Israel was one of the pioneers of drip fertigation, and has used the techniques to turn desert into highly productive agricultural land. But this does not mean that drip fertigation has universal application. In fact, it is counter-productive to biological farming and can create serious problems. There is a considerable difference between feeding plants through drip irrigation on infertile desert sand and doing the same on fertile soil in high-rainfall areas.
Trevor Cunningham, who farms in the Dullstroom area of Mpumalanga, learnt this when he decided to boost his income by planting blueberries. The initial economic projections looked very good indeed, promising a realistic gross income of R500 000/ ha, and Trevor planted 2ha on virgin soil in 2002.
The area chosen was in a valley in a distant corner of the farm. At the time, the cost of erecting a covered orchard was R120 000/ha. The bushes were partly fertilised through drip fertigation and partly by hand. Growth, however, turned out to be disappointing, a fact that Trevor attributed to the soil and the severe cold in the valley. This continued for three frustrating years, after which he decided to transplant the bushes to a sericea land close to his homestead. Here the land is higher and much warmer, with a north/west aspect, and he could keep a close eye on the plants.
At the same time, he planted an additional 2ha to blueberries and increased the overall area fed with drip fertigation,
as the method is much easier than applying fertiliser by hand. After all this effort, it’s easy to imagine Trevor’s disappointment when the land failed yet again to produce vigorous, fast-growing bushes.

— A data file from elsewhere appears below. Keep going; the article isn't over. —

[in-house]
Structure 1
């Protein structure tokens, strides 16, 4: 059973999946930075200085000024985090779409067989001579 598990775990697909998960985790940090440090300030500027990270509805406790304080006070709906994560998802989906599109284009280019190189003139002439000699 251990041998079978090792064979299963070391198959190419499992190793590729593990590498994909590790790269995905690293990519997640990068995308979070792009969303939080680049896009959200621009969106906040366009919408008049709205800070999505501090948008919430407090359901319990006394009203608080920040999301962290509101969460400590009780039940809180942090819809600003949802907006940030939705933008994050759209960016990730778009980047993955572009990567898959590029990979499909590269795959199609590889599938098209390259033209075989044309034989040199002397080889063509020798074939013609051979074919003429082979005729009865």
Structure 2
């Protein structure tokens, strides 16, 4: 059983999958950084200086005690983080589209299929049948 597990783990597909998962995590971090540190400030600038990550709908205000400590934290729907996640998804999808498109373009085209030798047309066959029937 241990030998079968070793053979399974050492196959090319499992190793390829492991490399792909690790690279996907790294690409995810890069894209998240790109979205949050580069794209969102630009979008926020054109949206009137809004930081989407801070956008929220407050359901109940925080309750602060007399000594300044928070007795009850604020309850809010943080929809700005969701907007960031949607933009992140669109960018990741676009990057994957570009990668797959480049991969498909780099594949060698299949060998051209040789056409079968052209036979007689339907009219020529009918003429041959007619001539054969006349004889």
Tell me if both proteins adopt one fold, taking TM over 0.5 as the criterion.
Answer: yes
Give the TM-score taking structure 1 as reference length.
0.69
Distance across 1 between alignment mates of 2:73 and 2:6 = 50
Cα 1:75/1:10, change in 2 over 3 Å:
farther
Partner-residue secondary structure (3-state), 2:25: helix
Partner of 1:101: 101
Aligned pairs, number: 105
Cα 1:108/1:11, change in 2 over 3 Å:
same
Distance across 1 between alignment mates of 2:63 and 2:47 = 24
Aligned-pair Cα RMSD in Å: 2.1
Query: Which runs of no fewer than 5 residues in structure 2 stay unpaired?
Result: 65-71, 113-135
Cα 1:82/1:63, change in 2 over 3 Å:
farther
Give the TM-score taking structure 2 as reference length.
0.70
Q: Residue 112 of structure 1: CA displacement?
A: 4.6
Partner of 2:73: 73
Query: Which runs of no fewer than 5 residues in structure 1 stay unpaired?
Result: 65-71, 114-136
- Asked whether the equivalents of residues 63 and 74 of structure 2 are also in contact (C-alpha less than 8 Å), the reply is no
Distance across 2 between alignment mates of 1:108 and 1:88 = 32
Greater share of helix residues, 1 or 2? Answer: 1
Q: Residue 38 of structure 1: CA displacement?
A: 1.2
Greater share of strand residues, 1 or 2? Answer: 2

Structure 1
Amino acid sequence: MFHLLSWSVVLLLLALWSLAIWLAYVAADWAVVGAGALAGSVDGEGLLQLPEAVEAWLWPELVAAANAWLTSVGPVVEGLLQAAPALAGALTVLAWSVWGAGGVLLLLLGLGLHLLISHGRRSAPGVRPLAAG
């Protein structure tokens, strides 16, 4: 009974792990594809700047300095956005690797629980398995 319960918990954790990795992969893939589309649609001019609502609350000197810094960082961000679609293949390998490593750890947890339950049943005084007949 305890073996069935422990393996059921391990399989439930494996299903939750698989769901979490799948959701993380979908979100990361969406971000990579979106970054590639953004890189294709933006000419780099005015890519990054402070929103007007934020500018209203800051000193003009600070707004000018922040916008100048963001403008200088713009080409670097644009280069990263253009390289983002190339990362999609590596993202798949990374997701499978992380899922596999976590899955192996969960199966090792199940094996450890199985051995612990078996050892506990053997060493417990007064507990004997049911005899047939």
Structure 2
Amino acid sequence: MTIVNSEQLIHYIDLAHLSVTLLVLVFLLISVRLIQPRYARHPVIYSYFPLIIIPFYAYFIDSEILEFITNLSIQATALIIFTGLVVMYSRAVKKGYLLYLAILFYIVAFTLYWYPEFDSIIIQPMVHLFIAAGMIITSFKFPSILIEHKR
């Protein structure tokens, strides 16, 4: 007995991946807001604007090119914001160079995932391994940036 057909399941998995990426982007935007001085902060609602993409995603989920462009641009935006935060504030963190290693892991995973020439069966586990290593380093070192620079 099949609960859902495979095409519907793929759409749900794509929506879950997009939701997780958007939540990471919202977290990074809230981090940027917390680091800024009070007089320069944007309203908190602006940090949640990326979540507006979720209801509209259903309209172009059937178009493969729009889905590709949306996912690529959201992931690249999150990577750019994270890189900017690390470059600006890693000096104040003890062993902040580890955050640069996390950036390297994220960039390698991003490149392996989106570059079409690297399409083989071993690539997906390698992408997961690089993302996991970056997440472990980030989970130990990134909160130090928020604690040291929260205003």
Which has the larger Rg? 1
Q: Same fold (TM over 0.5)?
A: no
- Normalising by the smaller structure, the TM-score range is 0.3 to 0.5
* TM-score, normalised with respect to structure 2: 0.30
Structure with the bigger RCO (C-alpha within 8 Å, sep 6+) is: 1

I asked Trevor to take soil samples in the row between the bushes and in the pathway between the rows. What a revelation! Here are the most significant findings:
- The total exchange capacity, a measurement of the soil’s ability to hold plant nutrients, was 36% lower in the rows than in the pathways.
- In-row calcium and magnesium base saturation percentages were 54% and 51% lower respectively than in the pathways.
- In-row manganese and zinc levels were 39% and 103% lower respectively.
- Remarkably, the soil phosphorous level in the row was 204% higher than in the pathway. In fact, it had reached a level that would interfere with the uptake of micro-nutrients, and especially zinc.
It should now be clear that the concentration of fertiliser can have very serious consequences, disrupting the desired soil mineral balance and creating serious micro-nutrient deficiencies. Trevor then dug a trench across the row and into the pathway. We were astonished to find that all the young tree roots were concentrated around the drip points in the row; no major roots had spread into the pathways. From this, it was obvious that the soil in the pathway was making little or no contribution to feeding the plant.
An even spread is the answer
All chemical fertilisers are toxic to the micro-organisms that supply nature’s plant food. When a moderate amount of chemical fertiliser is distributed evenly over a hectare, the microbes have a far better chance of surviving than when the same amount is concentrated under a dripper point. And here, the first microbes to be obliterated are those that keep pathogenic microbes under control. So with drip-fertigation you set yourself up for potential plant nutritional deficiencies and plant diseases.
In regions with sufficient rainfall to support crop production, my advice is to spread fertiliser across the entire land and use the irrigation system to provide water only.